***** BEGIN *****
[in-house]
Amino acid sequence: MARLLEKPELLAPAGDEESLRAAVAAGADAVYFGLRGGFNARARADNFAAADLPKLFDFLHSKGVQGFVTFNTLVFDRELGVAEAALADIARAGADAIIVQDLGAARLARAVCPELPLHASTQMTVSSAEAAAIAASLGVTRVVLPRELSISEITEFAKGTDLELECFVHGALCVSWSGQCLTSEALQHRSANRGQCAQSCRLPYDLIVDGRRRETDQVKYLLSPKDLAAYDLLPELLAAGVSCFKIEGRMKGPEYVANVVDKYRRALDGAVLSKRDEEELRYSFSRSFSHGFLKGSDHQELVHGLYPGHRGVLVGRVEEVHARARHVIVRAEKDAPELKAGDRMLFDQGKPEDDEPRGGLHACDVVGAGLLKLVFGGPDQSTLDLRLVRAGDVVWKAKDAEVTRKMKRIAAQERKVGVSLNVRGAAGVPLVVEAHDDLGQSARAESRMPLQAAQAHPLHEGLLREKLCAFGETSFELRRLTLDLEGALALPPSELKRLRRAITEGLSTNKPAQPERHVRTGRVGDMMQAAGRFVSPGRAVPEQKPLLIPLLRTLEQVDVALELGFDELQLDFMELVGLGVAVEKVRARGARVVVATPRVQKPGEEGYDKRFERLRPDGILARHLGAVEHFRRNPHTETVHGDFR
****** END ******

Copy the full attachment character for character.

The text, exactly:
[in-house]
Amino acid sequence: MARLLEKPELLAPAGDEESLRAAVAAGADAVYFGLRGGFNARARADNFAAADLPKLFDFLHSKGVQGFVTFNTLVFDRELGVAEAALADIARAGADAIIVQDLGAARLARAVCPELPLHASTQMTVSSAEAAAIAASLGVTRVVLPRELSISEITEFAKGTDLELECFVHGALCVSWSGQCLTSEALQHRSANRGQCAQSCRLPYDLIVDGRRRETDQVKYLLSPKDLAAYDLLPELLAAGVSCFKIEGRMKGPEYVANVVDKYRRALDGAVLSKRDEEELRYSFSRSFSHGFLKGSDHQELVHGLYPGHRGVLVGRVEEVHARARHVIVRAEKDAPELKAGDRMLFDQGKPEDDEPRGGLHACDVVGAGLLKLVFGGPDQSTLDLRLVRAGDVVWKAKDAEVTRKMKRIAAQERKVGVSLNVRGAAGVPLVVEAHDDLGQSARAESRMPLQAAQAHPLHEGLLREKLCAFGETSFELRRLTLDLEGALALPPSELKRLRRAITEGLSTNKPAQPERHVRTGRVGDMMQAAGRFVSPGRAVPEQKPLLIPLLRTLEQVDVALELGFDELQLDFMELVGLGVAVEKVRARGARVVVATPRVQKPGEEGYDKRFERLRPDGILARHLGAVEHFRRNPHTETVHGDFR